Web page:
MKSAP: A 56-year-old woman with a severe generalized headache

Test your medicine knowledge with the MKSAP challenge, in partnership with the American College of Physicians.

A 56-year-old woman is evaluated in the emergency department for sudden onset of a severe generalized headache that began 36 hours ago and has not responded to over-the-counter medications. The patient has a history of hypertension treated with lifestyle modifications. She has a 30-pack-year smoking history.

On physical examination, blood pressure is 148/68 mm Hg, pulse rate is 96/min and regular, and respiration rate is 16/min. Nuchal rigidity is noted. Other general examination findings are normal.

Results of laboratory studies are notable for a platelet count of 190,000/µL (190 × 109/L), an INR of 0.9, and a serum creatinine level of 0.9 mg/dL (79.6 µmol/L).

A CT scan of the head without contrast is normal.

Which of the following is the most appropriate next diagnostic test?

A: CT of the head with contrast
B: Lumbar puncture
C: Magnetic resonance angiography of the head and neck
D: MRI of the brain without contrast

MKSAP Answer and Critique

The correct answer is B: Lumbar puncture.

This patient should have a lumbar puncture. At presentation, she has sudden onset of a severe headache, which is most concerning for subarachnoid hemorrhage. In a minority of patients with a small amount of blood in the subarachnoid space, a head CT may initially be normal. When this occurs, a lumbar puncture is required to detect erythrocytes or xanthochromia (a yellowish discoloration caused by the breakdown of erythrocytes) in the cerebrospinal fluid (CSF). Because xanthochromia may not develop for 6 hours or longer after the initial event, the presence of erythrocytes in the CSF should prompt consideration of a subarachnoid hemorrhage. A lumbar puncture is also helpful for excluding other diagnoses, such as meningitis, and for measuring the opening pressure.

Because the initial CT of the head without contrast was normal, a CT with contrast is unlikely to show a mass lesion sufficient in size to cause headache. CT angiography or venography may eventually be used to rule out aneurysms or dural sinus thrombosis, but subarachnoid hemorrhage first needs to be ruled out in the acute setting.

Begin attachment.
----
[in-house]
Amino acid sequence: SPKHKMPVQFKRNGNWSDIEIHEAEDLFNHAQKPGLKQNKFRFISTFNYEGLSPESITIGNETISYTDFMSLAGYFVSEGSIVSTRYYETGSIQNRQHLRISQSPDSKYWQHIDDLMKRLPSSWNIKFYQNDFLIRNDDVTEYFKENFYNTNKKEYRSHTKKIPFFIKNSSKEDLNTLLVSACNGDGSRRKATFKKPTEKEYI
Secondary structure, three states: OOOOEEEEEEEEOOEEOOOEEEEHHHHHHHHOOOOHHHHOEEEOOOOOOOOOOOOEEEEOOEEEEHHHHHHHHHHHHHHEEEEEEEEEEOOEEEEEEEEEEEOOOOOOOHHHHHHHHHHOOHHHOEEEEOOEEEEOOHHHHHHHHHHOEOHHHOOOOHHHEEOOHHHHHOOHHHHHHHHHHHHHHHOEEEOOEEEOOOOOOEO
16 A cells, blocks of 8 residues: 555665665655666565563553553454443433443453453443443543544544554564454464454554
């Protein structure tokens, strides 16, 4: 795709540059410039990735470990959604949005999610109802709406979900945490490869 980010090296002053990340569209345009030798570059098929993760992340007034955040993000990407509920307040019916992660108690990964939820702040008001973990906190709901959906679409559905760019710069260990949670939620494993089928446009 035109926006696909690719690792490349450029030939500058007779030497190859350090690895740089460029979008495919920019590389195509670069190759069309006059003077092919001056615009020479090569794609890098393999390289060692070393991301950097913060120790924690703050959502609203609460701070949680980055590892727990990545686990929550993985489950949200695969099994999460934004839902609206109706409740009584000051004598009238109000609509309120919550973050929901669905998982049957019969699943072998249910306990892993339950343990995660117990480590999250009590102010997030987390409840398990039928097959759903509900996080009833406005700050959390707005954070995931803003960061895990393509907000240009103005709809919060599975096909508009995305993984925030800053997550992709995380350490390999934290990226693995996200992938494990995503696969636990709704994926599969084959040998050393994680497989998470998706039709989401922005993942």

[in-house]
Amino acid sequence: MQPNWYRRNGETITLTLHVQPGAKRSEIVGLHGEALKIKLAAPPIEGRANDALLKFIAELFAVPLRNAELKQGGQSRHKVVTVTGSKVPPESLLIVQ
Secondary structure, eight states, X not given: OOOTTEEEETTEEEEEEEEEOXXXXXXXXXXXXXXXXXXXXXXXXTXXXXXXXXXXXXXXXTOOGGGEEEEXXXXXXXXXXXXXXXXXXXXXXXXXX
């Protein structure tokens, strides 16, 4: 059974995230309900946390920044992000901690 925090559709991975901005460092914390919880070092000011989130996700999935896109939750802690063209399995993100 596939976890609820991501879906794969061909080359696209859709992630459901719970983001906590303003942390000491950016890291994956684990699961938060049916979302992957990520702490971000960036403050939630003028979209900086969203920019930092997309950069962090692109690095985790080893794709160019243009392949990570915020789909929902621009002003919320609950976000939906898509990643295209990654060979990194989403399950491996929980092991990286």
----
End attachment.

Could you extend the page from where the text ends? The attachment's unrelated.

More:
Although magnetic resonance angiography (MRA) eventually may be necessary to exclude dissection or aneurysms as the cause of this patient’s symptoms, it is inappropriate at this time. Unless the presence of a subarachnoid hemorrhage is first established, an aneurysm detected on MRA or other vascular imaging may be an incidental finding that does not require surgical intervention.

The effectiveness of MRI for diagnosing subarachnoid hemorrhage remains under investigation. Additionally, MRI is time consuming and may not differentiate subarachnoid hemorrhage from other diagnoses well enough. Unlike CSF analysis, MRI does not afford the additional benefit of measuring the CSF opening pressure.

Of note, clinical examination findings, including those from funduscopy, have insufficient sensitivity and specificity to establish the diagnosis of subarachnoid hemorrhage.

Key Point

  • In a patient with a suspected subarachnoid hemorrhage and normal results on a head CT scan, a lumbar puncture is the most appropriate next step in evaluation.

This content is excerpted from MKSAP 16 with permission from the American College of Physicians (ACP). Use is restricted in the same manner as that defined in the MKSAP 16 Digital license agreement. This material should never be used as a substitute for clinical judgment and does not represent an official position of ACP. All content is licensed to on an “AS IS” basis without any warranty of any nature. The publisher, ACP, shall not be liable for any damage or loss of any kind arising out of or resulting from use of content, regardless of whether such liability is based in tort, contract or otherwise.

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